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NASA’s Centennial Challenge Prize Awarded To Sample Return Robot

June 11, 2013
Image Caption: Members of team Survey pose with officials from NASA’s Sample Return Robot. Credit: NASA/Bill Ingalls

NASA

After two days of extensive competition, Team Survey of Los Angeles was awarded $5,000 in prize money after successfully completing Level 1 of the Sample Return Robot Challenge, a part of NASA’s Centennial Challenges prize program.

The event, hosted by Worcester Polytechnic Institute (WPI) June 5-7 in Worcester, Mass., drew robotics teams from the United States, Canada and Estonia to compete for a total of $1.5 million in NASA prize money. Eleven teams arrived to compete at WPI; 10 teams passed the initial inspection and took to the challenge field. After two rounds of Level 1 competition, Team Survey met the $5,000 prize requirements and was declared the winner of this year’s competition.

Team Survey members Jascha Little, Russel Howe, Zac Lizer, Tommy Smith, Zoe Stephenson, Scott Little, Brandon Booth, and Joanna Balme, all from Los Angeles, were presented a check June 8 by NASA’s Larry Cooper, Centennial Challenges program executive, at the opening of the TouchTomorrow technology festival. A WPI organized science and robotics festival attracted thousands of attendees, showcasing the teams and robots as well as NASA and WPI exhibits in science, robotics and space technology.

“It is evident from the level of improvements the teams have shown from last year’s event to this week’s Level 1 win that the technology has significantly progressed, and the desired results of this challenge are within reach,” said Sam Ortega, program manager of Centennial Challenges. “We are so proud of the great spirit and camaraderie the teams have shown, as well. It speaks volumes about the caliber of teams and individuals who compete in these events.”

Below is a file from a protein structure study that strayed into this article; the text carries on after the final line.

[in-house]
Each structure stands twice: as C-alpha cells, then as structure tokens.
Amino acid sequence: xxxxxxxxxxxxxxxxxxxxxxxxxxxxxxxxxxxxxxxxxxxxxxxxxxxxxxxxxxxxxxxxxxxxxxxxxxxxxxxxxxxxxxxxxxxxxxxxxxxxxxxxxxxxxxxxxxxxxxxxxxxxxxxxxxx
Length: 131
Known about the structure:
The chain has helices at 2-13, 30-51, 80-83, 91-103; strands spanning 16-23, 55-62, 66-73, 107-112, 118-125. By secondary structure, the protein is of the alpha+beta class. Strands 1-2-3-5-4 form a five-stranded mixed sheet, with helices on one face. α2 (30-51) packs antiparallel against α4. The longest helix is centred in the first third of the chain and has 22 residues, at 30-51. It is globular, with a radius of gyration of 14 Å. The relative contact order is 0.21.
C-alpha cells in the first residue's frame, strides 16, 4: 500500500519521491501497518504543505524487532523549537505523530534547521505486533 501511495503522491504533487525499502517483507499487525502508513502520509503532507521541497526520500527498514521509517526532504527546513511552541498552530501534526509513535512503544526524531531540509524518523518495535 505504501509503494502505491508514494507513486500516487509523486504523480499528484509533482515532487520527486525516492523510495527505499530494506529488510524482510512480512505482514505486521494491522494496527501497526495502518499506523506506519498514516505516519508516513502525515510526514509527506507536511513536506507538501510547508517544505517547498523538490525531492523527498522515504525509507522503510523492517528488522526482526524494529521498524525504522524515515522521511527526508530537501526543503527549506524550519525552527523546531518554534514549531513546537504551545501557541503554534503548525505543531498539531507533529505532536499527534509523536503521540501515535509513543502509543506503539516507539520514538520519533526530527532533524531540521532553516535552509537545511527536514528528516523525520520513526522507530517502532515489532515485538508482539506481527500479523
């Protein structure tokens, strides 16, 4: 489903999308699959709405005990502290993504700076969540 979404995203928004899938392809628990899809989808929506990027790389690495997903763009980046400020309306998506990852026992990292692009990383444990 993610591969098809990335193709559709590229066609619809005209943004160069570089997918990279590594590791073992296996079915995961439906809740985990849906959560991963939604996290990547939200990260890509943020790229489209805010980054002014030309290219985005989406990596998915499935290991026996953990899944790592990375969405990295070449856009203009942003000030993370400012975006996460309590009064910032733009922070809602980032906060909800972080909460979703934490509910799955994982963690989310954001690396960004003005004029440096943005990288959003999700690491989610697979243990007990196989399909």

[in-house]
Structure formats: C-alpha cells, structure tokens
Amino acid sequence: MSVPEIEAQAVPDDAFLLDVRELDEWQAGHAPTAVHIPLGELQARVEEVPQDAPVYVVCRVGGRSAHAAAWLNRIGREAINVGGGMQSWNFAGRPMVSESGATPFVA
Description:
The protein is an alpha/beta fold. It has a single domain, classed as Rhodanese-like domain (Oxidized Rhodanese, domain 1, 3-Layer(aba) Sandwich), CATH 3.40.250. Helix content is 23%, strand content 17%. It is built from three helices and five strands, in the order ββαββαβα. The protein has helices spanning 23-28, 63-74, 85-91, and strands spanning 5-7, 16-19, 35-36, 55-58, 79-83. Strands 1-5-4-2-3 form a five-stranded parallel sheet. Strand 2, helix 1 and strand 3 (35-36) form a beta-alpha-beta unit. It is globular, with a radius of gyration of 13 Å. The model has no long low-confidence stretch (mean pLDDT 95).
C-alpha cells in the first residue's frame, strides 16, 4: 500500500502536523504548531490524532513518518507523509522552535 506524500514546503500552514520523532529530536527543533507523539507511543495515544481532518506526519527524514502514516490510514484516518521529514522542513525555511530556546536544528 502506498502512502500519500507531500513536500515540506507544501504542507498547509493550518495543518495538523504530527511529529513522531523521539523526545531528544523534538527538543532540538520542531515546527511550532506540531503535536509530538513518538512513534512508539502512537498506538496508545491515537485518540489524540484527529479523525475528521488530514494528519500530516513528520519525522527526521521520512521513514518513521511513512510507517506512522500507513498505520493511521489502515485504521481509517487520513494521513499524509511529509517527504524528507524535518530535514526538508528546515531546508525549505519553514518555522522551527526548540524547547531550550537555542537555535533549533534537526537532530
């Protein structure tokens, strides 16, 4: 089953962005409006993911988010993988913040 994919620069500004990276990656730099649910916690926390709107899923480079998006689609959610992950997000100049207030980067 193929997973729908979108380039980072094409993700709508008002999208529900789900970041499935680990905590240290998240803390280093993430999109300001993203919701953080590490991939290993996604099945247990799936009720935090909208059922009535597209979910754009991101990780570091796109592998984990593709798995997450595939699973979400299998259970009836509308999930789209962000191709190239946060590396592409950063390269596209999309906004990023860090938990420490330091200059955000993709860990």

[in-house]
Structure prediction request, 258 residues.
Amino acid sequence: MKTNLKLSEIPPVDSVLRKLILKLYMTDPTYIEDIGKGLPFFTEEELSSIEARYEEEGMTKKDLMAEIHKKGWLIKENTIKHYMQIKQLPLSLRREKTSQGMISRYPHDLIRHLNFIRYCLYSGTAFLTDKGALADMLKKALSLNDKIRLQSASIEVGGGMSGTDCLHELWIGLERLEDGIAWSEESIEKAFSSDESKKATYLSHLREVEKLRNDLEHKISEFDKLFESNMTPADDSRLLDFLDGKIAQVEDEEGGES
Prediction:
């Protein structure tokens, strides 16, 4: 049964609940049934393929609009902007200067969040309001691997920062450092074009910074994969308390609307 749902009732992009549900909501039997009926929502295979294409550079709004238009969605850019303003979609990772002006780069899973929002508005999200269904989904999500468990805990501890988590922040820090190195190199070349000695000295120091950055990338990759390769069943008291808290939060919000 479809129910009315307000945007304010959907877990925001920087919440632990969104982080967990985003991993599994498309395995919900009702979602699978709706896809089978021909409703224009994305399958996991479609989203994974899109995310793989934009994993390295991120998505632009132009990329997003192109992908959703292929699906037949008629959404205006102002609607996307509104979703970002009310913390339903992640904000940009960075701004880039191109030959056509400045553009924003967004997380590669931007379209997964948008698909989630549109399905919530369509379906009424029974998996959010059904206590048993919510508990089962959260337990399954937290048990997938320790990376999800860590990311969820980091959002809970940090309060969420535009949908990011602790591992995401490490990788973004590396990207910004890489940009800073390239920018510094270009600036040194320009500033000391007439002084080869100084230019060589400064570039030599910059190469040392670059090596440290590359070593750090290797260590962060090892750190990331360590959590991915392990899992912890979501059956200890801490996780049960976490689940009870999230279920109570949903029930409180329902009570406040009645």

NASA uses prize competitions to increase the number and diversity of the individuals, organizations and teams that are addressing a particular problem or challenge. Prize competitions stimulate private sector investment that is many times greater than the cash value of the prize and further NASA’s mission by attracting interest and attention to a defined technical objective.

To win prize dollars, teams were required to demonstrate a robot that can locate and collect samples from a wide and varied terrain, operating without human control. The objective of the challenge was to encourage innovations in autonomous navigation and robotics technologies.

Team Survey’s robot successfully completed Level 1 by navigating from the starting platform and locating a sample that was previously identified in the robot’s onboard computer. The robot then autonomously returned one undamaged sample to its starting platform within the 30-minute time limit. No teams made it to the second level of the competition this year.

Returning teams this year included SpacePRIDE of Graniteville, S.C.; Survey of Los Angeles; Wunderkammer of Topanga, Calif.; Intrepid of Lynnwood, Wash.; and the University of Waterloo in Ontario, Canada. New teams entering the competition this year were Fetch of Alexandria, Va.; Middleman of Dunedin, Fla.; Mystic Lake Robots of The Woodlands, Texas; Team AERO of Worcester, Mass.; the Autonomous Rover Team of the University of California at Santa Cruz; and Kuukuglur of Estonia.

NASA’s Centennial Challenges program is part of the agency’s Space Technology Mission Directorate, which is innovating, developing, testing and flying hardware for use in NASA’s future missions. For more information about the Space Technology Mission Directorate and the Centennial Challenges Program, visit: http://www.nasa.gov/spacetech

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Source: NASA



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